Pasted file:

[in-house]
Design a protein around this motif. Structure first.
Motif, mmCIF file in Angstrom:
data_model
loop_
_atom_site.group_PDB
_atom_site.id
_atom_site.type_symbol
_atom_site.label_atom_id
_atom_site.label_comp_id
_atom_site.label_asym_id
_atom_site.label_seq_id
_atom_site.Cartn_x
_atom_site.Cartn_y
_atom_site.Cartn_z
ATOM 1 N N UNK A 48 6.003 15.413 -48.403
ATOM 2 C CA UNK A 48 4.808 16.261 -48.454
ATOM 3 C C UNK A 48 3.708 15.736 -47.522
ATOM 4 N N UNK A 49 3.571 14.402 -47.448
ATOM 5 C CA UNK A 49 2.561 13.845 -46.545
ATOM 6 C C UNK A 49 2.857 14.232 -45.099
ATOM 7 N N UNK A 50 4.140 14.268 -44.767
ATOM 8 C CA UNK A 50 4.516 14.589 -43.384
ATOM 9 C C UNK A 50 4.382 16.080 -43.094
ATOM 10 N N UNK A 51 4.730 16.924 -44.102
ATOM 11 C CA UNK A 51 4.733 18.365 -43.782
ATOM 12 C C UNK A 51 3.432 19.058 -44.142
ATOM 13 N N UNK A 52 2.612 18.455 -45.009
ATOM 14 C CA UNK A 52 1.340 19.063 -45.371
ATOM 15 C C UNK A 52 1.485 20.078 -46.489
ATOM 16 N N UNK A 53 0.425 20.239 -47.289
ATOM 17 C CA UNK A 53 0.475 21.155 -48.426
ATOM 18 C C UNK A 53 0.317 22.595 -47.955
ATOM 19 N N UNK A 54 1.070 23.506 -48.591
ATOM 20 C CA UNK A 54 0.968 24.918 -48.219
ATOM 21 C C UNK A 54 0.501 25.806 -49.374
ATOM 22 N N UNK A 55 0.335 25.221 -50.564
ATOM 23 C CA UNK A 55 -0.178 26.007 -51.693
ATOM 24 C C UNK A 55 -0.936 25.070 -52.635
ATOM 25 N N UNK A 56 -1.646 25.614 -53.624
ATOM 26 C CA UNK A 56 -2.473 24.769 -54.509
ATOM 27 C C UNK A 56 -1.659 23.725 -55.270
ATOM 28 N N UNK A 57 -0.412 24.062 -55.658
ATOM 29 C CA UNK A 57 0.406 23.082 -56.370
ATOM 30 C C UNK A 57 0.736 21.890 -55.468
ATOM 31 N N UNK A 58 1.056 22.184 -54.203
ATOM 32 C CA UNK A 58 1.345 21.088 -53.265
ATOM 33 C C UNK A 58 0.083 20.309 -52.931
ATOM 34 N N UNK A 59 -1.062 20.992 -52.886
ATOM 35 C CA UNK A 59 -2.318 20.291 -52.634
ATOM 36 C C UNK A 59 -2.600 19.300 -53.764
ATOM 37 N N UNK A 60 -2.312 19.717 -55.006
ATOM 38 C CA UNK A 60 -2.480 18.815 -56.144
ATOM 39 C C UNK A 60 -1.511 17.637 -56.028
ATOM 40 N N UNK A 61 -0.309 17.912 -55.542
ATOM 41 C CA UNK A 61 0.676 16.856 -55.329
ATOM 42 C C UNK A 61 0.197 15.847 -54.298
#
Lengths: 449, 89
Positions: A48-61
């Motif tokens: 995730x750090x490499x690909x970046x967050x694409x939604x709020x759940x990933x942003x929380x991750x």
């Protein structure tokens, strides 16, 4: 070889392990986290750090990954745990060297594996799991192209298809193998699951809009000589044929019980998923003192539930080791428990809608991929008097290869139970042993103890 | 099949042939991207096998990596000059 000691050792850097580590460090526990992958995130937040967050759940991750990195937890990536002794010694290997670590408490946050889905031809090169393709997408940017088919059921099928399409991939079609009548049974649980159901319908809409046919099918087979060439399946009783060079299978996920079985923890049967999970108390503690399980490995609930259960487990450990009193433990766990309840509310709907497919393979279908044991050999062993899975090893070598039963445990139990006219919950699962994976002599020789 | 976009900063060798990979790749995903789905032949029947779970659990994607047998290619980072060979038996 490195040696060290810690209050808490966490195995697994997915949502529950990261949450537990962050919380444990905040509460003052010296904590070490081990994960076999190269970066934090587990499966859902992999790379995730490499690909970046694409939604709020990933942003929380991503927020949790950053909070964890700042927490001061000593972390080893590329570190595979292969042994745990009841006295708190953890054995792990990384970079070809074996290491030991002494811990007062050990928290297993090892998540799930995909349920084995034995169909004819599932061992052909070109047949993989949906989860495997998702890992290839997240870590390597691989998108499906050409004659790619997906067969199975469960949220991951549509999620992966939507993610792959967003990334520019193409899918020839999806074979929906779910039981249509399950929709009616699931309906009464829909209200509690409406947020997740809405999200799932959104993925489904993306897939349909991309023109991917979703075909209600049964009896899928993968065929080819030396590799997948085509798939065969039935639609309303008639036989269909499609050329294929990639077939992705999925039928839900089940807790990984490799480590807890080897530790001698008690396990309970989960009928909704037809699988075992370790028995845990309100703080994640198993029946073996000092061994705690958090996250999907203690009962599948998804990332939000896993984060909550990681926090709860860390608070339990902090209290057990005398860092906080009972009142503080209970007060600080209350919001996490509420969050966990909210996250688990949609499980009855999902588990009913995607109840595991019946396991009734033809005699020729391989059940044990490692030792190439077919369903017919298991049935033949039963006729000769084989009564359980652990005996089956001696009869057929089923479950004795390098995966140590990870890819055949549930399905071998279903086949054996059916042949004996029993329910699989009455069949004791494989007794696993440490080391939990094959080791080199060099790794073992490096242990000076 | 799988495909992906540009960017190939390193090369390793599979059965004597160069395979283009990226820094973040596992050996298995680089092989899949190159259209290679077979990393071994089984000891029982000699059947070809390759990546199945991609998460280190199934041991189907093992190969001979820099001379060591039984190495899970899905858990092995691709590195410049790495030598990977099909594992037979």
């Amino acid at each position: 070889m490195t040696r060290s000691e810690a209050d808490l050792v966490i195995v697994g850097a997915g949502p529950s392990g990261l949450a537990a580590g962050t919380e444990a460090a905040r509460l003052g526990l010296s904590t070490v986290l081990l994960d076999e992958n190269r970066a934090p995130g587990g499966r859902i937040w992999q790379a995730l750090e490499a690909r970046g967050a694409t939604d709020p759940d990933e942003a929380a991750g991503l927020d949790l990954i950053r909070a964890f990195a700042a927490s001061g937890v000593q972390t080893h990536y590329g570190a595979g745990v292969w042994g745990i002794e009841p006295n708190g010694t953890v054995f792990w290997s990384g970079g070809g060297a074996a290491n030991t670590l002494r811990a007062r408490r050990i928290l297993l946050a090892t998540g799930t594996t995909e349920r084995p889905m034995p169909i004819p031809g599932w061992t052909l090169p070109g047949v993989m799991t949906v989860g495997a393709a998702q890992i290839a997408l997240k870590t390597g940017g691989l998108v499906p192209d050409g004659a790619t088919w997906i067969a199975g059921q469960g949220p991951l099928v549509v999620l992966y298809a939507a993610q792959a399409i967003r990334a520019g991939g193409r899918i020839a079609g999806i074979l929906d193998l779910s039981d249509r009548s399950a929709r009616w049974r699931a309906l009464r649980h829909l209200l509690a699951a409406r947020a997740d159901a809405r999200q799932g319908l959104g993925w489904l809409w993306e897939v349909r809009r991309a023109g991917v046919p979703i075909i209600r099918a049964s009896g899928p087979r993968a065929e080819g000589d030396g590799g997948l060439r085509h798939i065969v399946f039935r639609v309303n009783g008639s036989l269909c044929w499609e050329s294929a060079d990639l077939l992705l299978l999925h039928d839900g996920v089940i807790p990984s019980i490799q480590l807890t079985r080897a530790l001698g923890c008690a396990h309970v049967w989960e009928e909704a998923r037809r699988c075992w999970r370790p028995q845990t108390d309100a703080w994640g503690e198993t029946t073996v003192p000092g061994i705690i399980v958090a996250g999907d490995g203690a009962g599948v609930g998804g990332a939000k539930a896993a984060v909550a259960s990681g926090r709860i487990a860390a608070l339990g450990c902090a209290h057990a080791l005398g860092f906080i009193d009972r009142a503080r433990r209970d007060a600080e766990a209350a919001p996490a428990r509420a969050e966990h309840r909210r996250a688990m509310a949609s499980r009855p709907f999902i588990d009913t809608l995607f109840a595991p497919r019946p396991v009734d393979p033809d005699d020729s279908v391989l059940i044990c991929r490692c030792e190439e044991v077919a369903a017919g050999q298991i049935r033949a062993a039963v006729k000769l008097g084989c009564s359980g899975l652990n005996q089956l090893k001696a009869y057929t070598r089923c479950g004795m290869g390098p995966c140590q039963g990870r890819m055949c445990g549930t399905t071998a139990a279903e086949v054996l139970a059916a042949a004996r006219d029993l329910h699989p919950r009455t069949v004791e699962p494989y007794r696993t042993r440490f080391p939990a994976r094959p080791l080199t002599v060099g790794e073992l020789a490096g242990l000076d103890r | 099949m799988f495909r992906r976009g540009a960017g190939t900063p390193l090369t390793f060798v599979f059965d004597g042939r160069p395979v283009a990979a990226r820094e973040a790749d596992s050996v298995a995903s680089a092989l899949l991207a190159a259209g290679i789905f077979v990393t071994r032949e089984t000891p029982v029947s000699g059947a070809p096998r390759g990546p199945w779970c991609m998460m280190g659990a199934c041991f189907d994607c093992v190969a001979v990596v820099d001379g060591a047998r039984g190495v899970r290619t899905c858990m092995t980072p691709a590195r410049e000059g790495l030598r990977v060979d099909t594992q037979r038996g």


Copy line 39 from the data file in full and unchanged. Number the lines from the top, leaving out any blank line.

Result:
ATOM 24 C C UNK A 55 -0.936 25.070 -52.635